ROBERT SIEGEL, HOST:
And as we just heard from Jim, economic mobility may not have changed much in the last 20 years, but income inequality has skyrocketed. More on the latter now from Michael Dimock, vice president of research at the Pew Research Center. Pew has a new survey out, asking Americans what they think about income inequality.
Michael Dimock, welcome once again.
MICHAEL DIMOCK: Thanks for having me.
SIEGEL: And first finding is Americans say there is growing income inequality, yes?
DIMOCK: Yes, they do. Sixty-five percent said they think the gap between the rich and the rest of the country has been growing over the past 10 years. And that spans party lines, Republicans and Democrats pretty much agree on that factor.
SIEGEL: Does this is also cut across demographic lines, as well?
DIMOCK: It does. The young and old, even higher and lower income Americans, tend to see a growing divide in inequality - or growing inequality in overall income. The rich, though, being defined potentially differently by different people.
SIEGEL: Now, to what extent do Americans say that income inequality, which so many say exists, is something that the government should do something about?
DIMOCK: That's where the rub comes in. A majority of Americans want this issue to be addressed. Sixty-nine percent said the government should do at least something about inequality in this country. But the partisan divide couldn't be wider. Democrats - this is a uniform issue - 90 percent think that this should be a priority for the government. Among Republicans, it's much more controversial; fewer than half of Republicans think the government should play a role in this.
SIEGEL: If you use the word redistribute - redistribute this - excuse me, I can't say it - redistribute wealth or redistribution at all in this survey?
DIMOCK: We didn't use that word. We're not sure what people would necessarily think about with a term like that. But we tried to test the concept, which is, what's the best way to address poverty. Is it too raise taxes, in order to have more resources to expand programs for the poor? Or is it to lower taxes, in order to spur investment and more economic growth?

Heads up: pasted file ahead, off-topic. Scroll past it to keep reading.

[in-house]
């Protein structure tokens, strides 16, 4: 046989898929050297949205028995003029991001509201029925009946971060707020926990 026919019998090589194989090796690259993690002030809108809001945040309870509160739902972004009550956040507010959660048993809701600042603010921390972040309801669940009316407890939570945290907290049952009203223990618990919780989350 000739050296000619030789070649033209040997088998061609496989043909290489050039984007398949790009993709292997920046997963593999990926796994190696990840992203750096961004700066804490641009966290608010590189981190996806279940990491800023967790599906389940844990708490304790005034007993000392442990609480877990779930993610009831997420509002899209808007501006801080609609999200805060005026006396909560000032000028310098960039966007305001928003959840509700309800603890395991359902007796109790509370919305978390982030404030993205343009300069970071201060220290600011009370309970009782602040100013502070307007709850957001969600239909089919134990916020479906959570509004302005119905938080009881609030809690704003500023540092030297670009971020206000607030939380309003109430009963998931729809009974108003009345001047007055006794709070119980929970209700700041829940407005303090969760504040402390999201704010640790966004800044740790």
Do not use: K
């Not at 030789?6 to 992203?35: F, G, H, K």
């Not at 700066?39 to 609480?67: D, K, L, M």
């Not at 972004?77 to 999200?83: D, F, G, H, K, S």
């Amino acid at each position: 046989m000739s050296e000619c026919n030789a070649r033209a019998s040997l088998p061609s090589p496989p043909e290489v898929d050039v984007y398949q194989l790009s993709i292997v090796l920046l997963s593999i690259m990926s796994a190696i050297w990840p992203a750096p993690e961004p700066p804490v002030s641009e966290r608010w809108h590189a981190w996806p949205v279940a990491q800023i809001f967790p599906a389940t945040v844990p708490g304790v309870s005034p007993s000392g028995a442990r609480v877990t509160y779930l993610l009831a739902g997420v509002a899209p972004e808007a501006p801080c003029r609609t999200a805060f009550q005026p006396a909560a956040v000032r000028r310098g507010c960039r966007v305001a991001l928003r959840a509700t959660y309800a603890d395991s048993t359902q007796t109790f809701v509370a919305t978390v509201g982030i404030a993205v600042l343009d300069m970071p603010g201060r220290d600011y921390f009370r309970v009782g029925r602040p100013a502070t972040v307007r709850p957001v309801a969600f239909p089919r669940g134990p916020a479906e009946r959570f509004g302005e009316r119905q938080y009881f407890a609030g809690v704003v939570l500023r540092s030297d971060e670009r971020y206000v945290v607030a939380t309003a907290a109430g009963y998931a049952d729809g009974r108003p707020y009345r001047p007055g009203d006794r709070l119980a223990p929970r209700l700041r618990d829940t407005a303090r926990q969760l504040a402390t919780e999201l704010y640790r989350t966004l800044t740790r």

SIEGEL: And here's where the party division now comes in pretty strongly.
DIMOCK: That's it's - yeah, predictably that's really where the divide is. By well over 2-to-1, Republicans say the right way to do this is more of a rising tide lifts all boats model; you spur the economy, you lower taxes, you get things supercharged. For Democrats, this is a clear-cut issue, 75 percent say the way to do it is more redistributive.
SIEGEL: Now, actually, I think you have a majority of the whole sample agreeing with the idea of a tax in that case.
DIMOCK: That's right, because independents tilt a little bit toward raising taxes on the wealthy in order to expand programs for the poor. In fact, across a range of questions in this survey, we find independents eager to see some sort of action - both in the realm of reducing poverty but also in the realm of addressing inequality.
SIEGEL: There have been debates in Washington recently over food stamps, unemployment benefits. Do people believe that those are things that the government should be doing more of?
DIMOCK: Very much so. I mean, the unemployment benefit issue, 63 percent in the survey said that they want - they support an extension of those benefits. When it comes to the minimum wage, raising it to $10.10 an hour is supported by 73 percent of Americans. Only 25 percent oppose. These are both issues that unify Democrats, get broad support from independents, and divide the Republican base.
Republicans are really split 50/50 on these issues and there's a deep income divide within the Republican Party. Lower income Republicans really favor these kinds of programs. It's the higher income Republicans that are more opposed.
SIEGEL: You said that while there is a majority in favor of a tax on the wealthiest Americans, to benefit people lower down, there is some difference of opinion as to what it means to be rich; as to who the wealthiest are. Are we talking about the one percent wealthiest, the 25 percent wealthiest?
DIMOCK: It's one of the challenges when we were trying to design the survey. What do people mean by rich? It all is a matter of perspective. In fact, we tend to find that many people who - when we find out what their income and economic situation has - by most economic definitions, would be considered rich or in the highest percentiles, describing themselves very much as middle class.
SIEGEL: Middle class.
DIMOCK: And you find a bunch of that at the other end, too. There are many people who, by many economic measures, would be considered below middle class, thinking of themselves as middle class. It's a part of an American characteristic to kind of always consider your position relatively. But middle class is just a natural landing point for a lot of us.
SIEGEL: Michael Dimock, thanks for talking with us about the survey.
DIMOCK: Thank you.
SIEGEL: That's Michael Dimock, who is vice president of research at the Pew Research Center. Transcript provided by NPR, Copyright NPR.